North Carolina Dram Shop Laws and Social Host Liability for Alcohol-Related Accidents

How a vendor or social host might be held liable for providing alcohol to someone who later causes an accident.

By | Updated By John McCurley, Attorney

In every state, if you are injured by an intoxicated person's negligence, you can bring a personal injury claim against that individual. But in most states, including North Carolina, your options for a legal remedy don't necessarily stop there. In certain circumstances, an injured person might also be able to bring a claim against a business or other third party that provided alcohol to the intoxicated person. These are sometimes known as "dram shop" or "social host liability" claims, depending on whether the alcohol provider was a vendor or social host.

In this article, we'll look at third-party liability for an alcohol-related accident in North Carolina, including the state's dram shop laws and the rules that apply to social hosts who provide alcohol at parties and other events.

North Carolina's Dram Shop Law

North Carolina General Statutes section 18B-121 only allows an injured person to hold an alcohol vendor liable if:

  • the vendor "negligently" sells or serves alcohol to a minor under age 21
  • the minor causes a car accident while under the influence of the alcohol that was sold or served, and
  • the accident and resulting injuries were "proximately caused" by the minor's negligent driving while intoxicated.

Unlike many states, which allow an injured person to hold a business liable regardless of the intoxicated person's age, North Carolina's dram shop law limits liability to injuries in motor vehicle accidents caused by an intoxicated minor.

However, even if a situation doesn't fit the dram shop law description, the injured party might still have a remedy on some other basis such as a traditional negligence lawsuit. For instance, an injury party might file a negligence claim against a vendor for continuing to serve a visibly intoxicated patron who later causes an accident.

Here is an example of a situation in which North Carolina's dram shop law might apply. Suppose that Dina, a 19-year-old woman, stops at Rita's Restaurant on her way home from work. Dina sits down at the bar inside Rita's and orders a drink. The bartender notices that Dina looks very young, but doesn't ask for her ID. Dina has several drinks and eventually starts to slur her speech, stumble as she walks, and look very confused, but the bartender continues to serve her. Eventually, Dina leaves the bar and gets back into her car. As she pulls out of the restaurant's parking lot, she hits Paul, a pedestrian, who is walking on the sidewalk. Paul is injured in the accident.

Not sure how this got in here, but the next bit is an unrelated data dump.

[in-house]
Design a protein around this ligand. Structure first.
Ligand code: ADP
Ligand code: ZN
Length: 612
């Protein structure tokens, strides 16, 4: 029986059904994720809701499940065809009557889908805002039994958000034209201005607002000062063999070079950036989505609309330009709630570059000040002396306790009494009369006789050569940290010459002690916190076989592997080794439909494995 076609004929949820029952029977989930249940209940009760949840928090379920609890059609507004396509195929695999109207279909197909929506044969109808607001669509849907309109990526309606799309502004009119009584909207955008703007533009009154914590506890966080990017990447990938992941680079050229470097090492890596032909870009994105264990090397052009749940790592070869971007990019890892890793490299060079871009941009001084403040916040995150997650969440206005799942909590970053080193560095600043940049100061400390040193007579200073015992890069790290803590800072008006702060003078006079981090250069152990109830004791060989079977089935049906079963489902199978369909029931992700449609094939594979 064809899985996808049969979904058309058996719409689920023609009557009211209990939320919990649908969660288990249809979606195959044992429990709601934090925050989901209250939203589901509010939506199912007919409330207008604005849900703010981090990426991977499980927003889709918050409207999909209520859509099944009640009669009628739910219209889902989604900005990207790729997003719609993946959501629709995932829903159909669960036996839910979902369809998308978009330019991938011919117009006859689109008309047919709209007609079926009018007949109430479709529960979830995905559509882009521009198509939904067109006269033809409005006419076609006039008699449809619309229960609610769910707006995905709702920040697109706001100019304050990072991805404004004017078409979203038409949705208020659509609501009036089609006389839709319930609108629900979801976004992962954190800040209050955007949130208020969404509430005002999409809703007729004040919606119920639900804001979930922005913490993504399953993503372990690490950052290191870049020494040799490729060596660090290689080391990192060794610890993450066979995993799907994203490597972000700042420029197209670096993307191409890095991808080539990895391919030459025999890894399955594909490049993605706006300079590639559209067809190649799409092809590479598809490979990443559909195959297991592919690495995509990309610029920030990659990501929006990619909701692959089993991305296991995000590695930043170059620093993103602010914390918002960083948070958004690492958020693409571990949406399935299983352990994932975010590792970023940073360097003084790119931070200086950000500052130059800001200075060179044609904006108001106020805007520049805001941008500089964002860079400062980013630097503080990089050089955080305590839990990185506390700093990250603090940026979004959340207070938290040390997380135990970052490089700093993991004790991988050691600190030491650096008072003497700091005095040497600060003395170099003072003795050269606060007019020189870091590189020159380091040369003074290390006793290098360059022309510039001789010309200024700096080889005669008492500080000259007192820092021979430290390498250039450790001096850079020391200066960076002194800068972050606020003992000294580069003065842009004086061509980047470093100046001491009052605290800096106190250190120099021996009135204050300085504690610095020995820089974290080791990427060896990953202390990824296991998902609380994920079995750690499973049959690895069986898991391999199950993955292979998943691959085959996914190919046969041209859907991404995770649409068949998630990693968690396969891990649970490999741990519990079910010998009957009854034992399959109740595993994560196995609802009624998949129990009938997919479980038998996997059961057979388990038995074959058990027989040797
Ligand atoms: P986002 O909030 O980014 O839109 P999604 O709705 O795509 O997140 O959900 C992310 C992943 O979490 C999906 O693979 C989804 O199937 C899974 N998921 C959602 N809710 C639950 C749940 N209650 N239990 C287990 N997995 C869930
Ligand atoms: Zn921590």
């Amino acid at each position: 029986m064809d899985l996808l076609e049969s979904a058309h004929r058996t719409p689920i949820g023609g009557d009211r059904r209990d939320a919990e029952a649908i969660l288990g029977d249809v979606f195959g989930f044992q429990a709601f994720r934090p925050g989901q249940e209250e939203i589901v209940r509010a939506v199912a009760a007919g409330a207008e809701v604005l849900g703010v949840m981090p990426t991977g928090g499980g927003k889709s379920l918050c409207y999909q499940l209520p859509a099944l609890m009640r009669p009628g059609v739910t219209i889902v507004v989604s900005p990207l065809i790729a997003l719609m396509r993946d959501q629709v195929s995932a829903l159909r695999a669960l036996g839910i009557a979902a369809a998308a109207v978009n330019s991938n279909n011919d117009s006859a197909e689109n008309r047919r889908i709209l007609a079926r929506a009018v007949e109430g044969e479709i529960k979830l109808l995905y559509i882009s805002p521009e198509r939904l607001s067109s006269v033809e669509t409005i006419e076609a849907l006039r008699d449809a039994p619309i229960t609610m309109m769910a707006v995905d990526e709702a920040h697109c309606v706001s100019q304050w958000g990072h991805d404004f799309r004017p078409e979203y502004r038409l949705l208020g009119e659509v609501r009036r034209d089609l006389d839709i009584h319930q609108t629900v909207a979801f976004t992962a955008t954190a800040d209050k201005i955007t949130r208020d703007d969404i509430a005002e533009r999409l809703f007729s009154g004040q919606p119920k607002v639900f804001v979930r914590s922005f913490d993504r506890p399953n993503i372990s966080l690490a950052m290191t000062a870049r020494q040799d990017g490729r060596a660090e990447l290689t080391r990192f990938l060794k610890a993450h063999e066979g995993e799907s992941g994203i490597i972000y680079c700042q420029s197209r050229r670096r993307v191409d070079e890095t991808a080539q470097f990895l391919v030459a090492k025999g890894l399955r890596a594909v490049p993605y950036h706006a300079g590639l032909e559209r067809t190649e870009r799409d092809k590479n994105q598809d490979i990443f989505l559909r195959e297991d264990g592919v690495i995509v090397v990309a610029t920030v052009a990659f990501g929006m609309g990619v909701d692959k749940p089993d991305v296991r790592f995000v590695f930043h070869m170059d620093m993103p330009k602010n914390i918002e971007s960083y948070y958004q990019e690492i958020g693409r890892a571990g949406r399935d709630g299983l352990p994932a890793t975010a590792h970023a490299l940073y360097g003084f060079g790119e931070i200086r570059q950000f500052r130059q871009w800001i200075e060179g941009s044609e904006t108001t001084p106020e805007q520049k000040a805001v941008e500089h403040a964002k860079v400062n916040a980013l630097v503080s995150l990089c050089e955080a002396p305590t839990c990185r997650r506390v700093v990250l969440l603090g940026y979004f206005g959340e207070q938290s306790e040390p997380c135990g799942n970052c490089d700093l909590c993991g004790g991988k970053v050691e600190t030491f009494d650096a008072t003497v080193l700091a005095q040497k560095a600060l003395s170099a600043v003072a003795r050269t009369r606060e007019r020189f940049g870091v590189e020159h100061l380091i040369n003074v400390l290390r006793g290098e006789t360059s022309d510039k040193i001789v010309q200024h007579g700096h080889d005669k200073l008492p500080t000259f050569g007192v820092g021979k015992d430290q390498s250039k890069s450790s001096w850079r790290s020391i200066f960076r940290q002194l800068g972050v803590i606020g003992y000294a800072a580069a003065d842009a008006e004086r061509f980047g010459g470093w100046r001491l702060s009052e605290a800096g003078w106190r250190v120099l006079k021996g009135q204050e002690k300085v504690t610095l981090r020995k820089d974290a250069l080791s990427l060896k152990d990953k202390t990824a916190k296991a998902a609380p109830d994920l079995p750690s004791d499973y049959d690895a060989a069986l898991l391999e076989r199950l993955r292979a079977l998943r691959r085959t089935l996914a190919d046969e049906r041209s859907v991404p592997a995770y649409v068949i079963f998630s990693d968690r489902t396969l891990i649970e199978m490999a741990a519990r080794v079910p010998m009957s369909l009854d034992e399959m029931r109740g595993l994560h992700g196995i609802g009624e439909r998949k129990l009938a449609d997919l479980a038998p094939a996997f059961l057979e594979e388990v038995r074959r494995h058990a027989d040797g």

Paul can sue Dina directly for causing the car-pedestrian accident. However, he can also seek compensation from Rita's Restaurant if he can demonstrate that the restaurant served Dina alcohol "negligently," either because it failed to check her ID or because it continued to serve Dina alcohol even after she became clearly intoxicated.

North Carolina Social Host Liability

A series of North Carolina court decisions have opened the door to potential civil liability for private hosts who serve alcohol in a social setting. Case law has established that when an intoxicated social guest causes an accident, the injured person may be able to seek damages from the social host if:

  • the host served or provided the alcohol
  • the host knew or should have known the person being served was intoxicated, and
  • the host knew the person would be driving after being served alcohol.

Here is an example of a situation in which social host liability might apply. Suppose that Donald drives himself to a party hosted by Holly. Holly serves drinks at the party, and although she knows Donald plans to drive himself home, she continues to serve Donald drinks even after he begins stumbling as he walks and slurring his speech. At the end of the night, Donald tries to drive himself home. On the way, Donald crosses the center line and crashes head-on into a car driven by Philip. Philip is injured in the accident.

Philip can seek damages from Donald for causing the accident. He may also decide to file a social host liability claim against Holly because Holly kept serving Donald alcohol even after he showed signs of intoxication, when she knew Donald was planning to drive.

Damages and Time Limits in North Carolina Alcohol-Related Accident Claims

North Carolina General Statutes section 18B-123 limits the amount of available compensation (damages) in a dram shop claim to $500,000 per alcohol-related accident, regardless of how many people are injured.

Like other negligence-based claims in North Carolina, a dram shop or social host liability claim must be filed within the time limit set out in the state's "statute of limitations." Generally, the statute of limitations requires that the injured party file the claim within three years of the date of injury in most cases. But every case is different. So, you should consult an attorney as soon as possible after an injury to ensure that your legal rights are protected.

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